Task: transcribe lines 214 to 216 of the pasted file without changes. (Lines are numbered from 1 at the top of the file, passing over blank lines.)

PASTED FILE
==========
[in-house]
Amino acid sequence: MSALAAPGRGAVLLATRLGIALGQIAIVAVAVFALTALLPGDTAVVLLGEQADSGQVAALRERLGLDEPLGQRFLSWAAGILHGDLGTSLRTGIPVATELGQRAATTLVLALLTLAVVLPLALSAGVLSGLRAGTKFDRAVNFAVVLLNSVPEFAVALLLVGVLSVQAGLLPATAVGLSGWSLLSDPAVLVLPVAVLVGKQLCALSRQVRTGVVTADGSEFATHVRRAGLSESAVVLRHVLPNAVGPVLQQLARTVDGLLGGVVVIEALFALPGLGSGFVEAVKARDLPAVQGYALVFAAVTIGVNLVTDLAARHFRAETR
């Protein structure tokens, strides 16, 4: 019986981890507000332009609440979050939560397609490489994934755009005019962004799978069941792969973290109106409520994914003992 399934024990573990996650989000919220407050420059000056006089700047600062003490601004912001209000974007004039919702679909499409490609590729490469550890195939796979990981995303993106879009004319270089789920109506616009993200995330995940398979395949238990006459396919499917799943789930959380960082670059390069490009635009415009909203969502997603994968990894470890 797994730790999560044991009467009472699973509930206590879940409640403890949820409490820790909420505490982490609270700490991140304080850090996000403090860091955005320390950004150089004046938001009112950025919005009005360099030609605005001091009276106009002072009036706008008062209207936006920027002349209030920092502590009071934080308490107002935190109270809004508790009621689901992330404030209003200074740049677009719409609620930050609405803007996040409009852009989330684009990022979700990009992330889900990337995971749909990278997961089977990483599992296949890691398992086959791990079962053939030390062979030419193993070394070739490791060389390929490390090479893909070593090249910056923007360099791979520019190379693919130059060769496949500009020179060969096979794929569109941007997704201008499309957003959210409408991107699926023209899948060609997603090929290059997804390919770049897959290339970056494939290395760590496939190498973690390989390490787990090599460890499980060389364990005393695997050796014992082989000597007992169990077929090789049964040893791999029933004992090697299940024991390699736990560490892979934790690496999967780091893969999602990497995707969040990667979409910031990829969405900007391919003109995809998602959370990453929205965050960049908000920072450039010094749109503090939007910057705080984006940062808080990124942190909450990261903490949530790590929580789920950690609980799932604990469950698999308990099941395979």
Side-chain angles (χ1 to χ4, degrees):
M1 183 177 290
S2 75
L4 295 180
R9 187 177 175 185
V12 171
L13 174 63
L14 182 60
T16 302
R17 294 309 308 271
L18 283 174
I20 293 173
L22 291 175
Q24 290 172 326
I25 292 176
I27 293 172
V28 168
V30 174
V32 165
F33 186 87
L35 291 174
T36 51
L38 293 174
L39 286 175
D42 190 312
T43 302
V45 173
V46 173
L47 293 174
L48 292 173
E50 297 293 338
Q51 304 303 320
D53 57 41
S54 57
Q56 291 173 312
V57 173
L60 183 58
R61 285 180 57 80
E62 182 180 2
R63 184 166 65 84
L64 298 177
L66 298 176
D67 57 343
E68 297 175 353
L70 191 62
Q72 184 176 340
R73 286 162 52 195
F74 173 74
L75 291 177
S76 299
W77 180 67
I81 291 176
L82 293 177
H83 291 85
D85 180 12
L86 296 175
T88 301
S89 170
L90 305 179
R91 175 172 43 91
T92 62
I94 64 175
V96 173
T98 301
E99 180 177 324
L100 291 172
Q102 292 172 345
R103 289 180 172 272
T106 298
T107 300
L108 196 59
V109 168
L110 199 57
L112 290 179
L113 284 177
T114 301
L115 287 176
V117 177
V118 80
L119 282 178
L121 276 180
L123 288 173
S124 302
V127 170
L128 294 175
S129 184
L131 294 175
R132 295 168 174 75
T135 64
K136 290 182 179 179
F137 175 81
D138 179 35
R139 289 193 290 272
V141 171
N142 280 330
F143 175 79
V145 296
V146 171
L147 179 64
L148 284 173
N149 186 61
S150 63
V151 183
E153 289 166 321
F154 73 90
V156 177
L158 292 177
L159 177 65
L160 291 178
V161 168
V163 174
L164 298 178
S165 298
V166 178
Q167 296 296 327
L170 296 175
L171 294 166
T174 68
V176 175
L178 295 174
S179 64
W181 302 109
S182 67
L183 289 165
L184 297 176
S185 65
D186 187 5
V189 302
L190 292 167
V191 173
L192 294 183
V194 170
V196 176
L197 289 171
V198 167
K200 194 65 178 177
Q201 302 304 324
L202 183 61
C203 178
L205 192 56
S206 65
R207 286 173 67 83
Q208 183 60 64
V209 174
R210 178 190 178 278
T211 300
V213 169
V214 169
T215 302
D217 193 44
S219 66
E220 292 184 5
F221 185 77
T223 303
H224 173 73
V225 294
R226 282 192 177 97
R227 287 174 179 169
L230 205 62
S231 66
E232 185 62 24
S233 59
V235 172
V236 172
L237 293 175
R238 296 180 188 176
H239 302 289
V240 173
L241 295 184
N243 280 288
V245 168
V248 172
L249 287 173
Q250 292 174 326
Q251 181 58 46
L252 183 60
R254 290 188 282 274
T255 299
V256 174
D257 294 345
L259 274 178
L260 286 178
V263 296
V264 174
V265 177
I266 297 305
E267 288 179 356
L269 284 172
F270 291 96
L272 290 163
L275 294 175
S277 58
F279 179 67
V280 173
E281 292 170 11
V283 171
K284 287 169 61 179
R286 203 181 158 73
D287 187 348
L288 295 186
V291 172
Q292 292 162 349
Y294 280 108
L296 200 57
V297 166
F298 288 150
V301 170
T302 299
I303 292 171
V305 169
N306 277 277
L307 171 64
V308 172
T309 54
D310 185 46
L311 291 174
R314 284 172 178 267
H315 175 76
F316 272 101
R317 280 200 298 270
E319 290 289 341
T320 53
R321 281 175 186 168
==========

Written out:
N306 277 277
L307 171 64
V308 172